Thames Water has published a draft 25 year plan for drainage and wastewater management, the Water Industry Journal (WIJ) reports. The plan details how the wastewater systems of the Thames Valley region, and the associated drainage networks, will be improved and maintained over the next quarter century.
The drainage and wastewater management plan (DWMP) is open to public consultation, before the finalised version will be published in March 2023. Thames Water states that its aims are to protect the environment and river health, mitigate against the risk of flooding, and create wider benefits for the community.
The plan has an ambitious 25-year reach, to build long-term goals which will accommodate population growth and climate change. According to the WIJ, the population of the Thames Valley area is expected to grow by 2.7 million over the next 50 years. During that time, changing land use will mean the loss of water absorbent greenfield sites.
This will increase the risk of flooding, especially as the UK can expect to have warmer and wetter winters, if climate change patterns continue according to the predicted models. Therefore, future planning measures will focus on managing flood risk, preventing wastewater pollution, and ensuring there is an adequate supply of treated water.
Sarah Bentley, Thames Water’s CEO, said: “Over the next 25 years and beyond, we must be able to meet the challenges of climate change and population growth, while continuing to provide wastewater services to our customers.”
She added: “Flooding can be a devastating experience, and we’re seeing more and more the pressures that significant rainfall events can put on our network, so we want to take action to stop rainwater getting into the sewers in the first place, so as not needing to be sent to our sewage works for treatment.”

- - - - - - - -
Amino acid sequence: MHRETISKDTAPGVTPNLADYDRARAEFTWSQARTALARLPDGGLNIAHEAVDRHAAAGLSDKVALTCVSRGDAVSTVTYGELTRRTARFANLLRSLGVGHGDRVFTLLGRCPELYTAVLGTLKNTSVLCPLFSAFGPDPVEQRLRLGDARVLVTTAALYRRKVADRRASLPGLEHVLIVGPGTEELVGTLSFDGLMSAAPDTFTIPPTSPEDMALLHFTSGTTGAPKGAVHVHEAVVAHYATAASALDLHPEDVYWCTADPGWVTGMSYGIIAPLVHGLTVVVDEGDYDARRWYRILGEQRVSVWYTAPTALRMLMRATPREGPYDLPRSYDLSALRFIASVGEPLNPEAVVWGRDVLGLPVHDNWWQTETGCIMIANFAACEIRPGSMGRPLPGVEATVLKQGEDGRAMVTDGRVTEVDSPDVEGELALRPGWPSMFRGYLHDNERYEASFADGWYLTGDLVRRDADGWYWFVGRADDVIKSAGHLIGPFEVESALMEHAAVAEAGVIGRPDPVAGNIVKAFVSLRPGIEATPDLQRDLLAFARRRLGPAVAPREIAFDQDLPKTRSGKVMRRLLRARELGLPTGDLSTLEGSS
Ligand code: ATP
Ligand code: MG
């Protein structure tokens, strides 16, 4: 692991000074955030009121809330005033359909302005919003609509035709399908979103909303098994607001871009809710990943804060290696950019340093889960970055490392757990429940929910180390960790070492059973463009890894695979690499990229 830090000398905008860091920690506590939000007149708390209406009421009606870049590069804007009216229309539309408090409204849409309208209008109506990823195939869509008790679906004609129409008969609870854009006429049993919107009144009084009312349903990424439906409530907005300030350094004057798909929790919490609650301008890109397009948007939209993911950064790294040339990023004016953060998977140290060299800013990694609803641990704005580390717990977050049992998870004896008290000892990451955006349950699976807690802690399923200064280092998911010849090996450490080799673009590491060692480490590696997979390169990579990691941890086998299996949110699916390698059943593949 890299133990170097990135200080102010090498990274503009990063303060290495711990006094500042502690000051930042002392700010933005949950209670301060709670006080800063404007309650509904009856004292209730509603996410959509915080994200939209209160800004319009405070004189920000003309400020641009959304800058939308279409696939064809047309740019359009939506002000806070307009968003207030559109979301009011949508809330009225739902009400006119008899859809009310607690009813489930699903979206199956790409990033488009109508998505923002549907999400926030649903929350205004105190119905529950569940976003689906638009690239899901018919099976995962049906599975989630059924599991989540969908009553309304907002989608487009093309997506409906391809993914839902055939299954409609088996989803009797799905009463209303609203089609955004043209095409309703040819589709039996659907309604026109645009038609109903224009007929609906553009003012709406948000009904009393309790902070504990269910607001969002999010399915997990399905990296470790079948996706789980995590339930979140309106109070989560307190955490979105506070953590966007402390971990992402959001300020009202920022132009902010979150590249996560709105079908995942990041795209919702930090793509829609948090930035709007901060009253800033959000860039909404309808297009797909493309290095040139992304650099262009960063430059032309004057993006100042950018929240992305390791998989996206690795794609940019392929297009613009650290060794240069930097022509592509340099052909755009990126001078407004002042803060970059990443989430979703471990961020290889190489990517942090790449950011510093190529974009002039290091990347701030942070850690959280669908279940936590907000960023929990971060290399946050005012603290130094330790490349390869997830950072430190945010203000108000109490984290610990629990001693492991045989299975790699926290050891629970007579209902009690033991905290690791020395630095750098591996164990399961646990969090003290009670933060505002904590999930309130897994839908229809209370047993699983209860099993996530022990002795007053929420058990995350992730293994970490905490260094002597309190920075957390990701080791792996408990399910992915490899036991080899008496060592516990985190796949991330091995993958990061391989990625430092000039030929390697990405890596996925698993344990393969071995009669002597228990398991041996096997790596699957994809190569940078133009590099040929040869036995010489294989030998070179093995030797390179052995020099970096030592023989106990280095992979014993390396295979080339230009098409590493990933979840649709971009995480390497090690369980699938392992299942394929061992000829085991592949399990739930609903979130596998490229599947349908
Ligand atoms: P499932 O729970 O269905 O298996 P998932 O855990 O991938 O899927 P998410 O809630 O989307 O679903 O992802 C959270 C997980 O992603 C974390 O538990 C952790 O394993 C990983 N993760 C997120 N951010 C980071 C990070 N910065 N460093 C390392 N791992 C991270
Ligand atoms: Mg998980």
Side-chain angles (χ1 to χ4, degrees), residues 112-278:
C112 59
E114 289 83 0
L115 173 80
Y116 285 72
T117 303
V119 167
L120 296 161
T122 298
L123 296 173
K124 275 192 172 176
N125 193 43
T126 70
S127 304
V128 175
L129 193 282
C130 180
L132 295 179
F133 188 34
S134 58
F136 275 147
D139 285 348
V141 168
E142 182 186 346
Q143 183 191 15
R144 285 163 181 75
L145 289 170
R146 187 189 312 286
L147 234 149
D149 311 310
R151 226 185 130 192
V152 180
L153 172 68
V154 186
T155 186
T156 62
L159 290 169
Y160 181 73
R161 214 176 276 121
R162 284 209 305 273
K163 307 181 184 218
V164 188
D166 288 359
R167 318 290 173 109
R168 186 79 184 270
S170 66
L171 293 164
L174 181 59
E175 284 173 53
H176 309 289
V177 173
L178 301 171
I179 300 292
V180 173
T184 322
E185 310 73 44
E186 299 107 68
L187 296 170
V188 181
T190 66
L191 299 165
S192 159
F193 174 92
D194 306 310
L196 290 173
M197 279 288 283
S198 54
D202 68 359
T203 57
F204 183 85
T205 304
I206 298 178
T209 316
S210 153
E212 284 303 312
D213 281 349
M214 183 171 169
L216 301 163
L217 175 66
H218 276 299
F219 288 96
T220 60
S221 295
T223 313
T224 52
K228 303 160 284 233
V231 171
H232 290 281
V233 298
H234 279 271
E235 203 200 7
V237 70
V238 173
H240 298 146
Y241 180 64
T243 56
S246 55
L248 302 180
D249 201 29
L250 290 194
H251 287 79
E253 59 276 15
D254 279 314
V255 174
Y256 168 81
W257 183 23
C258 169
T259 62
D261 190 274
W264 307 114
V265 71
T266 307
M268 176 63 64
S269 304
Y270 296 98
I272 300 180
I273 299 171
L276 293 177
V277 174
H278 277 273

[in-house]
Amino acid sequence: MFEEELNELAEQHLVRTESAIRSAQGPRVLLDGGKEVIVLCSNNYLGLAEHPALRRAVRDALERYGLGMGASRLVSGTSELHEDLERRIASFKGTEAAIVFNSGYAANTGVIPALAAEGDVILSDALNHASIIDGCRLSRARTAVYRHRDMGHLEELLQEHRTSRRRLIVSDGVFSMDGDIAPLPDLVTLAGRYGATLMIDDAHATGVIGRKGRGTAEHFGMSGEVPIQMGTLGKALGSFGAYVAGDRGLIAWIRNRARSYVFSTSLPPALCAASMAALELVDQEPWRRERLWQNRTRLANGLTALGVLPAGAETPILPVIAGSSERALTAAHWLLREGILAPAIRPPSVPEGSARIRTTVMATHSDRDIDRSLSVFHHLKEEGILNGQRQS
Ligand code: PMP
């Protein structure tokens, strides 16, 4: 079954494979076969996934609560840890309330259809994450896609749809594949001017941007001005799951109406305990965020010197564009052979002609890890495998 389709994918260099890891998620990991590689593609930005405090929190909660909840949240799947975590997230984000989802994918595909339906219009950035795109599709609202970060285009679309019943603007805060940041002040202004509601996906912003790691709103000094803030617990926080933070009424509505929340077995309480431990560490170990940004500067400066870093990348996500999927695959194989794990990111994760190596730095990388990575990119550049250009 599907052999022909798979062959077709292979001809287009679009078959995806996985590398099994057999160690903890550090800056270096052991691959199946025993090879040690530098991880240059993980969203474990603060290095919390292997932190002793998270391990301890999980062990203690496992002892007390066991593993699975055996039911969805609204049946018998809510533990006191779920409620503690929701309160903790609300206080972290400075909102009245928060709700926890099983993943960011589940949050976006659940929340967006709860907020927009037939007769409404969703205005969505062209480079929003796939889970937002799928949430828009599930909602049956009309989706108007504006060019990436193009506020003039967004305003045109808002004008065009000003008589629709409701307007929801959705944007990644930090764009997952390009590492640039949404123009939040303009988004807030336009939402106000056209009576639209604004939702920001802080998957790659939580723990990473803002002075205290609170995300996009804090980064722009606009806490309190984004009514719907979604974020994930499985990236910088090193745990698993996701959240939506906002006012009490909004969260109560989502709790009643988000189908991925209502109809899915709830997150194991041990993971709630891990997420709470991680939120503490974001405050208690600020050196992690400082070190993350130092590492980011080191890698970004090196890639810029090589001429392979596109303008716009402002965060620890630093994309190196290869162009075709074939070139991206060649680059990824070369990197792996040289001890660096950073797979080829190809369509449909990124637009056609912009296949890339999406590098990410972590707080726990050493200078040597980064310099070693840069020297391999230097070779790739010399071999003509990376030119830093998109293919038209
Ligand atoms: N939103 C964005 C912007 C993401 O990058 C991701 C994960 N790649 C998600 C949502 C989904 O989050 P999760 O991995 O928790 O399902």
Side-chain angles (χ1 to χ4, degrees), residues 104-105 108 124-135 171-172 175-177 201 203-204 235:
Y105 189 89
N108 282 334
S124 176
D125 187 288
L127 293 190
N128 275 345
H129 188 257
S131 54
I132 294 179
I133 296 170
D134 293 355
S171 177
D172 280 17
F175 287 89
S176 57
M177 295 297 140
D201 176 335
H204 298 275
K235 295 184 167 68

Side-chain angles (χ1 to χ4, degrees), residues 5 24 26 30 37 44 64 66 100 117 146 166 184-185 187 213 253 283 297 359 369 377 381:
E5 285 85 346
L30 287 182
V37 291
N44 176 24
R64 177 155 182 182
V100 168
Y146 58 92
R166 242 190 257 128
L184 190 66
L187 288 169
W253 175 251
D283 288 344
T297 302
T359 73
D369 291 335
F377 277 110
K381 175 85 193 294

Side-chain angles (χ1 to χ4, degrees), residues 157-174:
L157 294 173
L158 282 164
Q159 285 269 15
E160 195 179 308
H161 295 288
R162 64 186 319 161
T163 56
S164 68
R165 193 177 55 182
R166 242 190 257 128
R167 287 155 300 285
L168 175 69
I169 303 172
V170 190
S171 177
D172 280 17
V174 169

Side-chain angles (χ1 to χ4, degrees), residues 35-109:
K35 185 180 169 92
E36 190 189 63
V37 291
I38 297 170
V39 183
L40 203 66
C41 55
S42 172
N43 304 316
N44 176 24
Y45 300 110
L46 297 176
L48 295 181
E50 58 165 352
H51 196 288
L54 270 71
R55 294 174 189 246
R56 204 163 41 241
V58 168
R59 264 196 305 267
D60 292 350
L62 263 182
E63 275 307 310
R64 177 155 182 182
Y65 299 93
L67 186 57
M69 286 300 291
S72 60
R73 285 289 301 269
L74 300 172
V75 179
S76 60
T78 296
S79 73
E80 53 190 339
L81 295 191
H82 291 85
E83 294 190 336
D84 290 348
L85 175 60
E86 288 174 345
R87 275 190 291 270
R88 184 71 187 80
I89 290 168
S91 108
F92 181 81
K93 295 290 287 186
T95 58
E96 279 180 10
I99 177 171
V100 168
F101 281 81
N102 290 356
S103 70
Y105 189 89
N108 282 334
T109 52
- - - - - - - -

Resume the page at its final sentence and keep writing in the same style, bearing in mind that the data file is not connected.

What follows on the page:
Thames Water has carried out an in-depth consultation process, working with households, local authorities, the Environment Agency, plus many other relevant groups and organisations. Suggested flood management solutions include the creation of more wetland areas and rain collecting installations in urban areas, plus more river restoration.
Ms. Bentley added: “Delivering positive outcomes for our customers, the communities we serve, and the natural environment across our region is at the heart of this proposed plan and our values as a company.”
“So, I’m excited to be sharing our collective vision for creating a more sustainable and green solutions-based approach to drainage and wastewater, while providing greater access to our sites and green spaces. Working collaboratively with our partners will make a big difference to wastewater activities for future generations and our precious environment.”
Much of the UK’s sewer systems were put in place during the Victorian era, and have not been significantly upgraded since. Therefore, there is a long road ahead to bring them up to the standards set out in the Environment Act 2021, which requires water companies to participate in a mandatory £56 billion investment to reduce storm overflow discharge.
The Act states that by 2050, no storm overflows will be allowed to operate, unless there is unusually heavy rainfall. When operational, they must not have any adverse effect on the environment.
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